Moving on to Newspapers, I found that in Nov 1820, George Kirk found a stray horse of which he entered in the Stray Book of Montgomery County. A description of the horse can be found in the Newspaper ad submitted by Richard Stokes, Ranger.
Dr. Francis Kron, who also lived in the area of Montgomery that became Stanly County in 1841, offers insight about his near neighbors and the lives that they lived. In his journal, dated 1835, he writes that he lived about a mile west from the Yadkin River. Dr. Kron personally knew the Kirk family and was personal physician to many of them. Dr. Kron tells us that between his home and the river stood the Kirk Inn and that after George Kirk died, his wife, Francis Bell Kirk, (called Frankie), continued to operate the Kirk Inn.
That area today, is overgrown and lush, with only a hint that life was once abundant here. The Kirk Inn undoubtedly sat on the hill that rises above the river, an old roadbed cut into the land by the wagons that brought passengers from the Kirk Ferry to the Kirk Inn.
George's brother, Alexander, inherited from John Kirk Esq, their father, what is now known as the old Lowder Ferry, located below the junction of the Uwharrie and Yadkin Rivers, where the Yadkin becomes the Pee Dee River. Dr. Francis Kron, in his journal, referred to a ferry one mile from his home as Kirk's Ferry. In 1830, Alexander Kirk sold the ferry to his brother, George Kirk, who operated it until his death in 1845. Between 1860-1870, George Kirk’s heirs sold the ferry and the land to David Lowder.
According to “Stanly County USA: THE STORY OF AN AREA AND AN ERA (1841-1991), the Kirk Inn was a two-story building that contained 16 rooms with a wood stove in each room.”
“The plantation we live is on the west side of the Yadkin, a mile from Kirk's Ferry the same distance south of the great falls on the market road from Salisbury to Fayetteville.” Dr. Francis Kron’s journal.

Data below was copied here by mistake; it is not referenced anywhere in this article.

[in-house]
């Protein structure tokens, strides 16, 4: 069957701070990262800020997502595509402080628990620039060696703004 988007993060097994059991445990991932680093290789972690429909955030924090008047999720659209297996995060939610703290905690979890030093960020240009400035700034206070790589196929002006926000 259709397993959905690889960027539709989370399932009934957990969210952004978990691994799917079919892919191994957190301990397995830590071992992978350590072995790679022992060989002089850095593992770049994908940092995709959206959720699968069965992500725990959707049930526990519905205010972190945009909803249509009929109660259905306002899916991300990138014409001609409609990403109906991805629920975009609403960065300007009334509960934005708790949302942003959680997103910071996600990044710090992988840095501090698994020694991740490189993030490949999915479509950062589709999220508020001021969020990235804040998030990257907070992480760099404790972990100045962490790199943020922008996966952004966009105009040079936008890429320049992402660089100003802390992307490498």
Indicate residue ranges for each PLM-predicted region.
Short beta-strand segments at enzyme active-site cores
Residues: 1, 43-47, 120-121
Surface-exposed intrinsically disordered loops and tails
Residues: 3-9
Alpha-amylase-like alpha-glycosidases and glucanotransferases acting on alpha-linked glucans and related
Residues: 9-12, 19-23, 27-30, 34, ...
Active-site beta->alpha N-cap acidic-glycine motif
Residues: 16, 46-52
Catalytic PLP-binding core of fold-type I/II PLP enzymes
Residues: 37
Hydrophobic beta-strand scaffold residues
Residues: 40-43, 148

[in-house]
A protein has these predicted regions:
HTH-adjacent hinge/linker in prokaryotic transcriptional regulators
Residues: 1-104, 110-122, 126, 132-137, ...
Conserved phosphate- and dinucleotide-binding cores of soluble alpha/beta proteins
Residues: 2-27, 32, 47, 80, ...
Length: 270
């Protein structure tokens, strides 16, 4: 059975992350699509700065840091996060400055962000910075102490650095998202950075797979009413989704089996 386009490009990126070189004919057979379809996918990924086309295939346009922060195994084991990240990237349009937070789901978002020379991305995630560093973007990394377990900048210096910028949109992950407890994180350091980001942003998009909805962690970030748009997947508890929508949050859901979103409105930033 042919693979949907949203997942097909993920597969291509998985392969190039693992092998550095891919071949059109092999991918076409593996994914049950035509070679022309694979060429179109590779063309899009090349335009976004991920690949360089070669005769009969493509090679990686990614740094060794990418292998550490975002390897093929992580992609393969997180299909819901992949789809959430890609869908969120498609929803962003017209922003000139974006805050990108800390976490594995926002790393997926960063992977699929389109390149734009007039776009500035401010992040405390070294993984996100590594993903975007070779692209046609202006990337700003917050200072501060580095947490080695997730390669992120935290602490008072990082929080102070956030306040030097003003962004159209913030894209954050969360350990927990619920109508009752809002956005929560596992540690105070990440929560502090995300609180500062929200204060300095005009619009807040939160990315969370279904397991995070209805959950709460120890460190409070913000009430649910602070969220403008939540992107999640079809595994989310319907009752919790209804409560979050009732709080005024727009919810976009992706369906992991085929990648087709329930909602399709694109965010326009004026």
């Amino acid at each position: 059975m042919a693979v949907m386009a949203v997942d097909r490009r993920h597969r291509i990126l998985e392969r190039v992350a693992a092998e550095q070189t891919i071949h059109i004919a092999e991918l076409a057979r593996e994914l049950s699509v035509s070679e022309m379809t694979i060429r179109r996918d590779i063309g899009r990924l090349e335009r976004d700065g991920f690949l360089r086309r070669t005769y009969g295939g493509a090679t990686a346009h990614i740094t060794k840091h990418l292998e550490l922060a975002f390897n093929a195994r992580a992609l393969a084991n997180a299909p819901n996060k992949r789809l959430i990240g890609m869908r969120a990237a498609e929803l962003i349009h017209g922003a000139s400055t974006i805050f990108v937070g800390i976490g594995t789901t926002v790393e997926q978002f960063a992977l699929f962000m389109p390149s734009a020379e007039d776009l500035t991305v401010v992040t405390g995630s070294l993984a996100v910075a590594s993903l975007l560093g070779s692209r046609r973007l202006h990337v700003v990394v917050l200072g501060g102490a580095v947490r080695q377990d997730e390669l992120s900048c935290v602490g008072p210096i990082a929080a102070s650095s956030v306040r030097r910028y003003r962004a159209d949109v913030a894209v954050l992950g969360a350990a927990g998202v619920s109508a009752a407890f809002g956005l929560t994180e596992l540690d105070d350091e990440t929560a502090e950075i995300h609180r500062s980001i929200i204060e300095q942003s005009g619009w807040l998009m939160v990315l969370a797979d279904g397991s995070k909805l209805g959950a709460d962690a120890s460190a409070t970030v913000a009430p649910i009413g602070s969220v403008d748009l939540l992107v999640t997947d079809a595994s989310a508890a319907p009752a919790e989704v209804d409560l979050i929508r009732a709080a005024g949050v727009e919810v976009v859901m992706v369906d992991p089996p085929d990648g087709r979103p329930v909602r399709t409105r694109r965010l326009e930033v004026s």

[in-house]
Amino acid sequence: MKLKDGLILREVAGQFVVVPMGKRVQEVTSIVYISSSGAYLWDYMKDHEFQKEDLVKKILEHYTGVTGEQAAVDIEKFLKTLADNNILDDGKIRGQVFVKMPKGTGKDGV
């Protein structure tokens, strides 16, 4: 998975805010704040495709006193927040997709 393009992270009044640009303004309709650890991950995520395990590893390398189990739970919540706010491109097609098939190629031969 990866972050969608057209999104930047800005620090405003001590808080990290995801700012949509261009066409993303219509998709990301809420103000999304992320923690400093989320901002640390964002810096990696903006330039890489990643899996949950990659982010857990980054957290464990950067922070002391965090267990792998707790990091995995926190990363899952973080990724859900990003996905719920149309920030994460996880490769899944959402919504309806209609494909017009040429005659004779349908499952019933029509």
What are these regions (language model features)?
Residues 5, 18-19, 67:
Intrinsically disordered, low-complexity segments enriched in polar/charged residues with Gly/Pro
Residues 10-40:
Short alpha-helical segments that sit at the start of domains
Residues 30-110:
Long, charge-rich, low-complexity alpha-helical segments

“A modern Madeleine was taken in the evening with most violent symptoms of hysteria. Mrs. (widow) Kirk, who was delivered of a posthume two years after the death of her husband, is the penitent to whose aid I was called. She talked most lamentably of her faults, the disgrace of her children, her sorrow and desire for forgiveness and mercy. She is at last in a way to recover from her spasms and menial mania.” Dr. Francis Kron’s journal.
“From my house to within a mile of patient's I traveled on the Salisbury Turn-Pike. It either crosses incessantly the numerous ridges that expire on the edge of the Yadkin or follows the bed of some branch through narrow stony gaps. On that whole road there are but two plantations with tenants; two worn out and abandoned and another in a way of clearing to be abandoned at some future day. The first inhabited plantation about a mile from my house, where one Michael Fesperman, a millwright and ingenious mechanician lives.” Dr. Francis Kron’s journal.
“On returning home met with Mr. Carter of Rowan County a former member of the legislature whom, it being dark and he unacquainted with the road, I conducted to G. Kirk's for traveling accommodations.” Dr. Francis Kron’s journal.